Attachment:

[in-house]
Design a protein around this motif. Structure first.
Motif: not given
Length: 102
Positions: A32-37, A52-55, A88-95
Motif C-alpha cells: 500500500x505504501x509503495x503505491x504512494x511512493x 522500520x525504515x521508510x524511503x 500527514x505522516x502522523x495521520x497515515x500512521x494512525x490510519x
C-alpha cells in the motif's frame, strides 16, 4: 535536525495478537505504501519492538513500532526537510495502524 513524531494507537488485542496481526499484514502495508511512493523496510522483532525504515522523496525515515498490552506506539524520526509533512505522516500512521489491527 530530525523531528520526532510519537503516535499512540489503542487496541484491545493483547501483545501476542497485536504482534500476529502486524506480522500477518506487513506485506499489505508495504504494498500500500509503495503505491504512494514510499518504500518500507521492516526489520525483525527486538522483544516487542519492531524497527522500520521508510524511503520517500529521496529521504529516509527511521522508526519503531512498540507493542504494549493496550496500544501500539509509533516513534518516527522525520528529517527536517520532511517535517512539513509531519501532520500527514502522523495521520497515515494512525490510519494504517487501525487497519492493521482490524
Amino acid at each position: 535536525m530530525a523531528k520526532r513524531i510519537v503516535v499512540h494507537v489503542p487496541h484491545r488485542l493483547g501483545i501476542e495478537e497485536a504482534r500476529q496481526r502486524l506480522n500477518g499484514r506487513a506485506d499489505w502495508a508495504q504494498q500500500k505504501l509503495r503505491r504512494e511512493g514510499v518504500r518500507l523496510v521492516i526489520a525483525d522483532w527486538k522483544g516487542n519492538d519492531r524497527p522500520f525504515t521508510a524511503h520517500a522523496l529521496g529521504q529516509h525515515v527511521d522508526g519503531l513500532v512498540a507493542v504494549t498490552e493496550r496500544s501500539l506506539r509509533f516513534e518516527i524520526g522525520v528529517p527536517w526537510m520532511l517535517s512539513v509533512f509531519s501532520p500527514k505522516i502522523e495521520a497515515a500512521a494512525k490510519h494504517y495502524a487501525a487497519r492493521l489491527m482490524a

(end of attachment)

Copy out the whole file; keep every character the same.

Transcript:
[in-house]
Design a protein around this motif. Structure first.
Motif: not given
Length: 102
Positions: A32-37, A52-55, A88-95
Motif C-alpha cells: 500500500x505504501x509503495x503505491x504512494x511512493x 522500520x525504515x521508510x524511503x 500527514x505522516x502522523x495521520x497515515x500512521x494512525x490510519x
C-alpha cells in the motif's frame, strides 16, 4: 535536525495478537505504501519492538513500532526537510495502524 513524531494507537488485542496481526499484514502495508511512493523496510522483532525504515522523496525515515498490552506506539524520526509533512505522516500512521489491527 530530525523531528520526532510519537503516535499512540489503542487496541484491545493483547501483545501476542497485536504482534500476529502486524506480522500477518506487513506485506499489505508495504504494498500500500509503495503505491504512494514510499518504500518500507521492516526489520525483525527486538522483544516487542519492531524497527522500520521508510524511503520517500529521496529521504529516509527511521522508526519503531512498540507493542504494549493496550496500544501500539509509533516513534518516527522525520528529517527536517520532511517535517512539513509531519501532520500527514502522523495521520497515515494512525490510519494504517487501525487497519492493521482490524
Amino acid at each position: 535536525m530530525a523531528k520526532r513524531i510519537v503516535v499512540h494507537v489503542p487496541h484491545r488485542l493483547g501483545i501476542e495478537e497485536a504482534r500476529q496481526r502486524l506480522n500477518g499484514r506487513a506485506d499489505w502495508a508495504q504494498q500500500k505504501l509503495r503505491r504512494e511512493g514510499v518504500r518500507l523496510v521492516i526489520a525483525d522483532w527486538k522483544g516487542n519492538d519492531r524497527p522500520f525504515t521508510a524511503h520517500a522523496l529521496g529521504q529516509h525515515v527511521d522508526g519503531l513500532v512498540a507493542v504494549t498490552e493496550r496500544s501500539l506506539r509509533f516513534e518516527i524520526g522525520v528529517p527536517w526537510m520532511l517535517s512539513v509533512f509531519s501532520p500527514k505522516i502522523e495521520a497515515a500512521a494512525k490510519h494504517y495502524a487501525a487497519r492493521l489491527m482490524a